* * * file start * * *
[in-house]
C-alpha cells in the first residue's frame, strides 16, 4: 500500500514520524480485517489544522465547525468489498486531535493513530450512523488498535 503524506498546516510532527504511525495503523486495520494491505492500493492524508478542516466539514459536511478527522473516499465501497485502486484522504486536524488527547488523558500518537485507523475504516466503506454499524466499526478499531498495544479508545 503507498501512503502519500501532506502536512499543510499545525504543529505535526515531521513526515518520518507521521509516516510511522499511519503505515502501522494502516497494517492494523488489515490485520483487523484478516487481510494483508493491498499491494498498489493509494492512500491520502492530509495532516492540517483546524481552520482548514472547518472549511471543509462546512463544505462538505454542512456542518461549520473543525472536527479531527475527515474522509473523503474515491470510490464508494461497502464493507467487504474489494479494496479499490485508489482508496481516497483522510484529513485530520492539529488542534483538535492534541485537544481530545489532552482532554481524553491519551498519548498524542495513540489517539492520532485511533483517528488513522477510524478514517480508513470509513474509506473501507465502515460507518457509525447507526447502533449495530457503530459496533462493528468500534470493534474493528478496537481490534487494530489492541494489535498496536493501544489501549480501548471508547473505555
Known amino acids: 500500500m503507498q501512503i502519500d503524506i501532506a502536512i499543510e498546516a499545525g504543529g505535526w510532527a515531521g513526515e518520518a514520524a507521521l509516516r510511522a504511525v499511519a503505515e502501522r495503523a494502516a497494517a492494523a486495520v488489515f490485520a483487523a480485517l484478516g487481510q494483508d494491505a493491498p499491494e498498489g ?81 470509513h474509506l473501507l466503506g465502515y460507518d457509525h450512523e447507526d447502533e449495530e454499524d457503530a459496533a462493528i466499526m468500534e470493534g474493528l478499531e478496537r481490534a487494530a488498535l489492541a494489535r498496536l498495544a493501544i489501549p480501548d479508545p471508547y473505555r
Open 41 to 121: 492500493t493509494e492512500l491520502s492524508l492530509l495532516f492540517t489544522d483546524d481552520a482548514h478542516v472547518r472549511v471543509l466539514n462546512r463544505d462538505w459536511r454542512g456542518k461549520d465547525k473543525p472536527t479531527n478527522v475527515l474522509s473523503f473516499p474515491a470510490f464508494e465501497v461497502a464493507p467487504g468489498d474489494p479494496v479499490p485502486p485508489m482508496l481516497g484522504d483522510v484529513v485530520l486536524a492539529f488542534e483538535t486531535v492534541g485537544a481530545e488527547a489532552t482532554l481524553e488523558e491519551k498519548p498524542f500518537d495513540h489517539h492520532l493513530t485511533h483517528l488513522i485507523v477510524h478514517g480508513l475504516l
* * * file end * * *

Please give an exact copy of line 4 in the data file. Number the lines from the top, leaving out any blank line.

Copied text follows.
Open 41 to 121: 492500493t493509494e492512500l491520502s492524508l492530509l495532516f492540517t489544522d483546524d481552520a482548514h478542516v472547518r472549511v471543509l466539514n462546512r463544505d462538505w459536511r454542512g456542518k461549520d465547525k473543525p472536527t479531527n478527522v475527515l474522509s473523503f473516499p474515491a470510490f464508494e465501497v461497502a464493507p467487504g468489498d474489494p479494496v479499490p485502486p485508489m482508496l481516497g484522504d483522510v484529513v485530520l486536524a492539529f488542534e483538535t486531535v492534541g485537544a481530545e488527547a489532552t482532554l481524553e488523558e491519551k498519548p498524542f500518537d495513540h489517539h492520532l493513530t485511533h483517528l488513522i485507523v477510524h478514517g480508513l475504516l